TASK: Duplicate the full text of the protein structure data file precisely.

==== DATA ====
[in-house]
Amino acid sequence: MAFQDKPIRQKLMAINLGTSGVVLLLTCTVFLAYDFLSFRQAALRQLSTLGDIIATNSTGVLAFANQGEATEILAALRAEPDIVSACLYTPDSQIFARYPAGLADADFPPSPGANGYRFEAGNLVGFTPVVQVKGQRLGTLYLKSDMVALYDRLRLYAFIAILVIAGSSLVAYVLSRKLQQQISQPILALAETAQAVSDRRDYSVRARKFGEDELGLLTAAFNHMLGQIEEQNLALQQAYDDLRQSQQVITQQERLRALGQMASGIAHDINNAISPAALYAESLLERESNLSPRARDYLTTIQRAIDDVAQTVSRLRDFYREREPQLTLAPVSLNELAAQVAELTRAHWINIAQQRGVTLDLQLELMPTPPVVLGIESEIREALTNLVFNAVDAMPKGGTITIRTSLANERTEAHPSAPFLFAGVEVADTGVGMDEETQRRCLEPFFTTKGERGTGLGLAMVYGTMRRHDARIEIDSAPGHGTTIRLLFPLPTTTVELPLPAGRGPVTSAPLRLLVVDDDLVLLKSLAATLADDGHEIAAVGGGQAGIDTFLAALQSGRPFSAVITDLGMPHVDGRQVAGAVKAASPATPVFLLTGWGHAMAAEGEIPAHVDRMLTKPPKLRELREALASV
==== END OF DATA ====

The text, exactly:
[in-house]
Amino acid sequence: MAFQDKPIRQKLMAINLGTSGVVLLLTCTVFLAYDFLSFRQAALRQLSTLGDIIATNSTGVLAFANQGEATEILAALRAEPDIVSACLYTPDSQIFARYPAGLADADFPPSPGANGYRFEAGNLVGFTPVVQVKGQRLGTLYLKSDMVALYDRLRLYAFIAILVIAGSSLVAYVLSRKLQQQISQPILALAETAQAVSDRRDYSVRARKFGEDELGLLTAAFNHMLGQIEEQNLALQQAYDDLRQSQQVITQQERLRALGQMASGIAHDINNAISPAALYAESLLERESNLSPRARDYLTTIQRAIDDVAQTVSRLRDFYREREPQLTLAPVSLNELAAQVAELTRAHWINIAQQRGVTLDLQLELMPTPPVVLGIESEIREALTNLVFNAVDAMPKGGTITIRTSLANERTEAHPSAPFLFAGVEVADTGVGMDEETQRRCLEPFFTTKGERGTGLGLAMVYGTMRRHDARIEIDSAPGHGTTIRLLFPLPTTTVELPLPAGRGPVTSAPLRLLVVDDDLVLLKSLAATLADDGHEIAAVGGGQAGIDTFLAALQSGRPFSAVITDLGMPHVDGRQVAGAVKAASPATPVFLLTGWGHAMAAEGEIPAHVDRMLTKPPKLRELREALASV